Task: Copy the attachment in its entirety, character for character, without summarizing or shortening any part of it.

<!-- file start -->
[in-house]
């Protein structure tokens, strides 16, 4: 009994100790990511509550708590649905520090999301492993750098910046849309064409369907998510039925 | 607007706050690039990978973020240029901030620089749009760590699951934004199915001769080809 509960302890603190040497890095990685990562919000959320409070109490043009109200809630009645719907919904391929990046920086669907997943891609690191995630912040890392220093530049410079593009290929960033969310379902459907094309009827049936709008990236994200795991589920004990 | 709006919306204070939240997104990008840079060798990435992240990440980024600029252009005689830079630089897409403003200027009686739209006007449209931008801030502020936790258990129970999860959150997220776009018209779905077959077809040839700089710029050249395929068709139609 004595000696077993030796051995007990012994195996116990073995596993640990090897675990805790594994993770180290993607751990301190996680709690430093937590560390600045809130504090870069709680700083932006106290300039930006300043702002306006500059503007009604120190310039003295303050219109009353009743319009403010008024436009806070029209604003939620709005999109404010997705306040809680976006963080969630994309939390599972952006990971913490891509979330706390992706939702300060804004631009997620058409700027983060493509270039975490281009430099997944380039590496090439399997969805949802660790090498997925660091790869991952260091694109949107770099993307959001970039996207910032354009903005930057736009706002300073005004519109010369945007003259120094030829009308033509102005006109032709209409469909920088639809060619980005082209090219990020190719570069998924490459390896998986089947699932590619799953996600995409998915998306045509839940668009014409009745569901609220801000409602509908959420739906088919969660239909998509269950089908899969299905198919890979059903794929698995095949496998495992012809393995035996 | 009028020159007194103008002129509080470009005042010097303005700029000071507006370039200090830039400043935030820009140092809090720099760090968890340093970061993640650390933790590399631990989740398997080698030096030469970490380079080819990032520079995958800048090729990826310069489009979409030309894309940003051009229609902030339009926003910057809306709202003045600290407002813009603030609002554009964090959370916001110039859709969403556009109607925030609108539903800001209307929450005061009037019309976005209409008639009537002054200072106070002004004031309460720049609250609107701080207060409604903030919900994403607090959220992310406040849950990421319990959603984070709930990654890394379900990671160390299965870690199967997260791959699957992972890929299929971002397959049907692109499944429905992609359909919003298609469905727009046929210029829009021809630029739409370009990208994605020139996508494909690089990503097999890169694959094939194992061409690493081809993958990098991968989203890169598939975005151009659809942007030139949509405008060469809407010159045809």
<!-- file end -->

[in-house]
């Protein structure tokens, strides 16, 4: 009994100790990511509550708590649905520090999301492993750098910046849309064409369907998510039925 | 607007706050690039990978973020240029901030620089749009760590699951934004199915001769080809 509960302890603190040497890095990685990562919000959320409070109490043009109200809630009645719907919904391929990046920086669907997943891609690191995630912040890392220093530049410079593009290929960033969310379902459907094309009827049936709008990236994200795991589920004990 | 709006919306204070939240997104990008840079060798990435992240990440980024600029252009005689830079630089897409403003200027009686739209006007449209931008801030502020936790258990129970999860959150997220776009018209779905077959077809040839700089710029050249395929068709139609 004595000696077993030796051995007990012994195996116990073995596993640990090897675990805790594994993770180290993607751990301190996680709690430093937590560390600045809130504090870069709680700083932006106290300039930006300043702002306006500059503007009604120190310039003295303050219109009353009743319009403010008024436009806070029209604003939620709005999109404010997705306040809680976006963080969630994309939390599972952006990971913490891509979330706390992706939702300060804004631009997620058409700027983060493509270039975490281009430099997944380039590496090439399997969805949802660790090498997925660091790869991952260091694109949107770099993307959001970039996207910032354009903005930057736009706002300073005004519109010369945007003259120094030829009308033509102005006109032709209409469909920088639809060619980005082209090219990020190719570069998924490459390896998986089947699932590619799953996600995409998915998306045509839940668009014409009745569901609220801000409602509908959420739906088919969660239909998509269950089908899969299905198919890979059903794929698995095949496998495992012809393995035996 | 009028020159007194103008002129509080470009005042010097303005700029000071507006370039200090830039400043935030820009140092809090720099760090968890340093970061993640650390933790590399631990989740398997080698030096030469970490380079080819990032520079995958800048090729990826310069489009979409030309894309940003051009229609902030339009926003910057809306709202003045600290407002813009603030609002554009964090959370916001110039859709969403556009109607925030609108539903800001209307929450005061009037019309976005209409008639009537002054200072106070002004004031309460720049609250609107701080207060409604903030919900994403607090959220992310406040849950990421319990959603984070709930990654890394379900990671160390299965870690199967997260791959699957992972890929299929971002397959049907692109499944429905992609359909919003298609469905727009046929210029829009021809630029739409370009990208994605020139996508494909690089990503097999890169694959094939194992061409690493081809993958990098991968989203890169598939975005151009659809942007030139949509405008060469809407010159045809």